Here too, it is vital to ensure that any new components are kept contaminant-free from the point of manufacture through to commissioning. Some fittings manufacturers supply their products in individual packaging and it is very important that any fitting should only be removed from such packaging directly before use.
The choice of the material for an installation is often dependent on technical and economic considerations. Materials and products must meet requirements determined by local needs and the properties of the water. Factors that should be considered when choosing the material for the piping include:
- Characteristics of the water supply – the air, carbon dioxide and mineral content as well as the alkalinity or acidity
- The cost of installing suitable materials – including requirements for bracketing
- Ease of replacement
- Inside dimensions – the actual inside dimensions of pipes and fittings of different materials may differ despite the same nominal size
- Coefficient of friction of materials – the roughness or smoothness of the interior surface of the pipe.
Materials typically used for potable water supply pipework include copper, stainless steel and various plastics, including cross-linked polyethylene (PEX), thermoplastic (ABS), medium density polyethylene (MDPE) for barrier pipes, polybutylene and multilayer pipe. A particular material may be the preferred for different applications. Metal pipe may be chosen where fewer fixing points along the pipe length is beneficial, where space for pipework expansion is limited, or where improved resistance to fire is an advantage. In contrast, multilayer pipe may be chosen where flexibility is an advantage, such as installations in tight spaces. There can also be benefits to combining two systems – using copper or stainless steel for the underfloor and riser pipes and employing plastic or multilayer pipe for distribution pipes on the final pipework to outlets.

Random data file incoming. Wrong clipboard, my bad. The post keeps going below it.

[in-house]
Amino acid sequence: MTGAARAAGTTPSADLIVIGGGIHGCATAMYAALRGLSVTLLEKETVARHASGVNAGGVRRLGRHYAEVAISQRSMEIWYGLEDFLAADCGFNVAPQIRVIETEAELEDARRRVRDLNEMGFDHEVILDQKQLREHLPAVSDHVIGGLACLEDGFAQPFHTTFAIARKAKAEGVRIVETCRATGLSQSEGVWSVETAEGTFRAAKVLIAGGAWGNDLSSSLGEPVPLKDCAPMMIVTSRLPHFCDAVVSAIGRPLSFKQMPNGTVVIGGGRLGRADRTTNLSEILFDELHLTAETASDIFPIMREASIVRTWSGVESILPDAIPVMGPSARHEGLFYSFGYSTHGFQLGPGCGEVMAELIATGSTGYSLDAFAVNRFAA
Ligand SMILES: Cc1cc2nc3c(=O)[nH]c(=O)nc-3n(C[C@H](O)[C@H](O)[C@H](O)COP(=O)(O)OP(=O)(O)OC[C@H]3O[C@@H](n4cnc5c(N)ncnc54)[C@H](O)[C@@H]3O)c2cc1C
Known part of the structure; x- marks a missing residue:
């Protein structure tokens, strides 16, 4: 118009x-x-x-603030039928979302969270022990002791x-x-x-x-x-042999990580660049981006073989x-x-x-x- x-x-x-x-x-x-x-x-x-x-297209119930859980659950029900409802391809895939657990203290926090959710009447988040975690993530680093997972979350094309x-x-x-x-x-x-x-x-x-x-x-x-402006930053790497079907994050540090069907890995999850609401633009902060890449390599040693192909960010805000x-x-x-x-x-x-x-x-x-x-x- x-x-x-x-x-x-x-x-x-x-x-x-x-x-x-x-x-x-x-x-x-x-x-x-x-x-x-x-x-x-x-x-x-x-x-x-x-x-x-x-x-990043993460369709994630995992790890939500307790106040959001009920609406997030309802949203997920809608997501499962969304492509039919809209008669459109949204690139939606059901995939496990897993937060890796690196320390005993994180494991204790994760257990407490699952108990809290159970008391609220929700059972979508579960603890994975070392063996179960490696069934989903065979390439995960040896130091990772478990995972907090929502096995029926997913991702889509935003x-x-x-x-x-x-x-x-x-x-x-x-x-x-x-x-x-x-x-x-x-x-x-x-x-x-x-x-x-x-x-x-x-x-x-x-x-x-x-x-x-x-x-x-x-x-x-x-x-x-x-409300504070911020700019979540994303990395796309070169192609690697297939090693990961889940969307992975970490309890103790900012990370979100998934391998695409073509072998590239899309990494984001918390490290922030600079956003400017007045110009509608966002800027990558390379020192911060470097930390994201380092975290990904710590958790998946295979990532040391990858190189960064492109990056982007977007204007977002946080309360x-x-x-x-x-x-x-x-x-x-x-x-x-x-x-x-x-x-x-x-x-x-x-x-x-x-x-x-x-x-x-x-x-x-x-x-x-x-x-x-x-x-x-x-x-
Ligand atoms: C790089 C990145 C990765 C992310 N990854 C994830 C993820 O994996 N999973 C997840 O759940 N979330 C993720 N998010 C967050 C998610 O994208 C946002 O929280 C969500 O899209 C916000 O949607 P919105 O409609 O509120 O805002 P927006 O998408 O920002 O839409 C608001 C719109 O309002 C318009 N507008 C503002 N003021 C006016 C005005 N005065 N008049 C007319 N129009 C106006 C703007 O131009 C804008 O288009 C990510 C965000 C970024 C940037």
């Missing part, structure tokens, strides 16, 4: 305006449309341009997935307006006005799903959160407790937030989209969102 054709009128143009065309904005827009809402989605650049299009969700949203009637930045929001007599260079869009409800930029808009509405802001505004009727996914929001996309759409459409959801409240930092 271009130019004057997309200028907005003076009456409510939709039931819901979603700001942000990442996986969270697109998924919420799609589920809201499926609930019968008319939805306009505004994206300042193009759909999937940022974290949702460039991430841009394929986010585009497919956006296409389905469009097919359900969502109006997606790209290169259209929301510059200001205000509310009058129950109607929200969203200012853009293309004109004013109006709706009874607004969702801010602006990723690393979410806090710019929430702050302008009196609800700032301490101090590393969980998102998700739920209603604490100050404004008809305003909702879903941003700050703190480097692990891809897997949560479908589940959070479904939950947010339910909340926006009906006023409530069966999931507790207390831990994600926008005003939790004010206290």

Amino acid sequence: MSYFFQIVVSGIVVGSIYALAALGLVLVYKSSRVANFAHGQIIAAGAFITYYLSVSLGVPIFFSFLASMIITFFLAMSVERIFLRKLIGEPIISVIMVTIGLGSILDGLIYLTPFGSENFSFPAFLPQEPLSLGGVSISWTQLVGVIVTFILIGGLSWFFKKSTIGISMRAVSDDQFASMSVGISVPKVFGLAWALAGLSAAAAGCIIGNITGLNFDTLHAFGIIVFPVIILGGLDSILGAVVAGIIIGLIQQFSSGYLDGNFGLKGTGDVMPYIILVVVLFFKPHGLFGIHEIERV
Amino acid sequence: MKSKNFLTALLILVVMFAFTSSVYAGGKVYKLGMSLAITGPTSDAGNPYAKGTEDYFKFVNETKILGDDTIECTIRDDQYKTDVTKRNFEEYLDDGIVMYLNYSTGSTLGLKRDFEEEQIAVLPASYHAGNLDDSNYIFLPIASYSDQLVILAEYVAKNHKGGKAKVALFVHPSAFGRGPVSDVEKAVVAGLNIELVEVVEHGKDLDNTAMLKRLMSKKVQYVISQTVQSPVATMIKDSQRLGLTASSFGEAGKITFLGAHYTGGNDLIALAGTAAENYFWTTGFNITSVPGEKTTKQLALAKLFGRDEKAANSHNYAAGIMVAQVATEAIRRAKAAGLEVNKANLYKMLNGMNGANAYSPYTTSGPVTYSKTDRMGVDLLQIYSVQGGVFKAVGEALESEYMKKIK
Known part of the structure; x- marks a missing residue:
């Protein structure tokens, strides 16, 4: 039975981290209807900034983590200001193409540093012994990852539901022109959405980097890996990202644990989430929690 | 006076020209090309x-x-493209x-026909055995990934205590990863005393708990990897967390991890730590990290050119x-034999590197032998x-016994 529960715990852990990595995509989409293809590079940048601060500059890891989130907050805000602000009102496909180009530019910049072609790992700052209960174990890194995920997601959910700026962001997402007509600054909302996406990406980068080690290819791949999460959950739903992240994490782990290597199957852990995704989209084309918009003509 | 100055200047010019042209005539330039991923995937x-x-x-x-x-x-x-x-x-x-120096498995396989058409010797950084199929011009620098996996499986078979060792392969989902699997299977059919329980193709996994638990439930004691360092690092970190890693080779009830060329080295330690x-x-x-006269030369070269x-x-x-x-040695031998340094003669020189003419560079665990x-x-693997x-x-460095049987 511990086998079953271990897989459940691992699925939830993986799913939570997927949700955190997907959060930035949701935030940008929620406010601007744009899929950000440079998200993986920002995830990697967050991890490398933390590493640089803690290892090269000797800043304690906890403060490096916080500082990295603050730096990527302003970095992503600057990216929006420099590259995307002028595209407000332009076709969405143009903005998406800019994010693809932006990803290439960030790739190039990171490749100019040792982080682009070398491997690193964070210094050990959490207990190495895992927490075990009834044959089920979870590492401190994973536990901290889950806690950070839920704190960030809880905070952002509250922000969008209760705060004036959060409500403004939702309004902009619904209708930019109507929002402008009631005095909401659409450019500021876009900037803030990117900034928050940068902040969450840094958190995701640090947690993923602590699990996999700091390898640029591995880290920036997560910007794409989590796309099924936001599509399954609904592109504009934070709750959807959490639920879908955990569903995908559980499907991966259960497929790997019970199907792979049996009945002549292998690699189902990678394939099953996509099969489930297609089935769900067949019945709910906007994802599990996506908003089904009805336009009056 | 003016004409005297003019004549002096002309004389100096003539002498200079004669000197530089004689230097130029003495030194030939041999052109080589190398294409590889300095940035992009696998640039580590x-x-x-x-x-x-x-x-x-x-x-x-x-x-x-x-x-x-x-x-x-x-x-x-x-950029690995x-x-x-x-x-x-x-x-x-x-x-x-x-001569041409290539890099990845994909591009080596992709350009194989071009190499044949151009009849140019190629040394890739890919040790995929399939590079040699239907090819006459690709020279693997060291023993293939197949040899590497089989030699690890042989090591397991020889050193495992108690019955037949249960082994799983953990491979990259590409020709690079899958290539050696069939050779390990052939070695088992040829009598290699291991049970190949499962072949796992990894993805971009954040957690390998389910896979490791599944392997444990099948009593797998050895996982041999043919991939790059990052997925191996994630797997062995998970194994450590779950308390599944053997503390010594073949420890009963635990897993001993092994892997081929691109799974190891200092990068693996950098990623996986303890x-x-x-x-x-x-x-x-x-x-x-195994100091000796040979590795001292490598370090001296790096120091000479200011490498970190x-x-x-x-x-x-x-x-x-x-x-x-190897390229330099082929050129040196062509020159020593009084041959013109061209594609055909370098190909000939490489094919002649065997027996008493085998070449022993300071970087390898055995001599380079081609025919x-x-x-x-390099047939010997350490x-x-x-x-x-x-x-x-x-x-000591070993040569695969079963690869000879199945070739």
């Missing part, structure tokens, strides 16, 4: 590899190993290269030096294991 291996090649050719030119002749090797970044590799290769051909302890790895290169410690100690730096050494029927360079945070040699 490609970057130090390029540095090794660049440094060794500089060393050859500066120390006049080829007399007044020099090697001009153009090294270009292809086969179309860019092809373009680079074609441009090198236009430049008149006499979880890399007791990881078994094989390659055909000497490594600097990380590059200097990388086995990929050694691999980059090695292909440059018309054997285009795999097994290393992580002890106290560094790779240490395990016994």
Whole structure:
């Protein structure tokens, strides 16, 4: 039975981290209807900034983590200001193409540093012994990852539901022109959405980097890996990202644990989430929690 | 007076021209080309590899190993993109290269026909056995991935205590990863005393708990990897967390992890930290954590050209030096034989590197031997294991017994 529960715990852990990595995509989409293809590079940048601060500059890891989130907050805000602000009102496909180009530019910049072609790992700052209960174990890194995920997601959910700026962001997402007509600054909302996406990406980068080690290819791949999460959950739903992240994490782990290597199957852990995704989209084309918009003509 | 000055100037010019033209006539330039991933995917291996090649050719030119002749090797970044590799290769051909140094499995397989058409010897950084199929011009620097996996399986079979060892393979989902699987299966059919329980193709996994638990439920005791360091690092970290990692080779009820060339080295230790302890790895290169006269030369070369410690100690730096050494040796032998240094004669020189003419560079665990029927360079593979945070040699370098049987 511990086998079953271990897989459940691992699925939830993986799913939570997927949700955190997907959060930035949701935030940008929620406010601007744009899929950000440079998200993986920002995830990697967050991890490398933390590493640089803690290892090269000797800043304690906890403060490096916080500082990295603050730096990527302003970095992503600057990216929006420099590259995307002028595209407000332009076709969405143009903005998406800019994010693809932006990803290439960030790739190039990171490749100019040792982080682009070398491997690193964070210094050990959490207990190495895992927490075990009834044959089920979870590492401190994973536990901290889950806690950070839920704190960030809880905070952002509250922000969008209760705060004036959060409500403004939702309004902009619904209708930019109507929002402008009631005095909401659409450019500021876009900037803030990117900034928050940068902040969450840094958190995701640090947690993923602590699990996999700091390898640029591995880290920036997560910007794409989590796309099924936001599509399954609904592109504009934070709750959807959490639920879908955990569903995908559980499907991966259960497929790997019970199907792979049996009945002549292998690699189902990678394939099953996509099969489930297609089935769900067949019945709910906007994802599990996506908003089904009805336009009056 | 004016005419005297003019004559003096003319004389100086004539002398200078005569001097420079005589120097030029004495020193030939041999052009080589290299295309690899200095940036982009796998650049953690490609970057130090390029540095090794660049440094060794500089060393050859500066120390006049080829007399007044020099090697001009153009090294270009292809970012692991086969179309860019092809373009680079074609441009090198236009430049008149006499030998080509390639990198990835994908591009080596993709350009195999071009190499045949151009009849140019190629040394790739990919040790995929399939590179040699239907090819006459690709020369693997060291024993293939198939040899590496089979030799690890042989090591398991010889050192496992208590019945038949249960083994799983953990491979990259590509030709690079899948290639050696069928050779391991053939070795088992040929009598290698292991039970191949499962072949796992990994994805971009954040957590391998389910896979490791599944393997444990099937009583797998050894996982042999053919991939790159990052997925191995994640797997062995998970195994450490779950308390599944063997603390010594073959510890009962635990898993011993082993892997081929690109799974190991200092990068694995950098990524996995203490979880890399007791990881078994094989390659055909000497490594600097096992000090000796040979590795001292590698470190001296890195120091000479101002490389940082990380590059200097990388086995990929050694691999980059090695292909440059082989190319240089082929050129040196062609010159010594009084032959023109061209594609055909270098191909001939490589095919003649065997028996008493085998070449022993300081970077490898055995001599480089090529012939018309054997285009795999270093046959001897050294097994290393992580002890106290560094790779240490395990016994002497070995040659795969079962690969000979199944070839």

Designing systems to maintain flow
The correct sizing of pipework and reduction of friction within the system will ensure optimum system pressure and flow velocity. This will prevent unnecessary stagnation and backflow into the system occurring. The fittings, pipe and design of the system will all contribute to the friction in the pipework and reduce the flow.
However, oversized piping reduces the pressure that can be maintained. Not only will users of the building experience low water pressure but there is also increased risk of backflow from equipment on the system that creates a higher pressure. Many pipe and fittings manufacturers will provide tools to help designers and contractors calculate the correct sizing and pressure for the system.
Building type and usage
The predicted usage pattern of the building must be considered when designing a potable water system. While this cannot be fully calculated before the building is occupied, the intended use will provide indications.
For example, the use and occupancy of a school, college or university building will fluctuate considerably throughout the year from intensive activity during term time to being empty for weeks during school holidays. This means the system must have sufficient capacity for peak demand during break times but be able to address long interruptions during the holidays, when stagnation increases the risk of microbiological contamination of potable water.
The types of usage pattern for buildings are:
- Rarely interrupted – where systems are in constant use, for instance, residential buildings
- Interruption on a room or apartment basis – ie, hotels or serviced apartment blocks
- Interruption of use on a storey basis – for example, serviced offices with intermittently vacant floors
- Interruption in use on a building basis – educational establishments and hospitality venues, which may be fully unoccupied for weeks or months.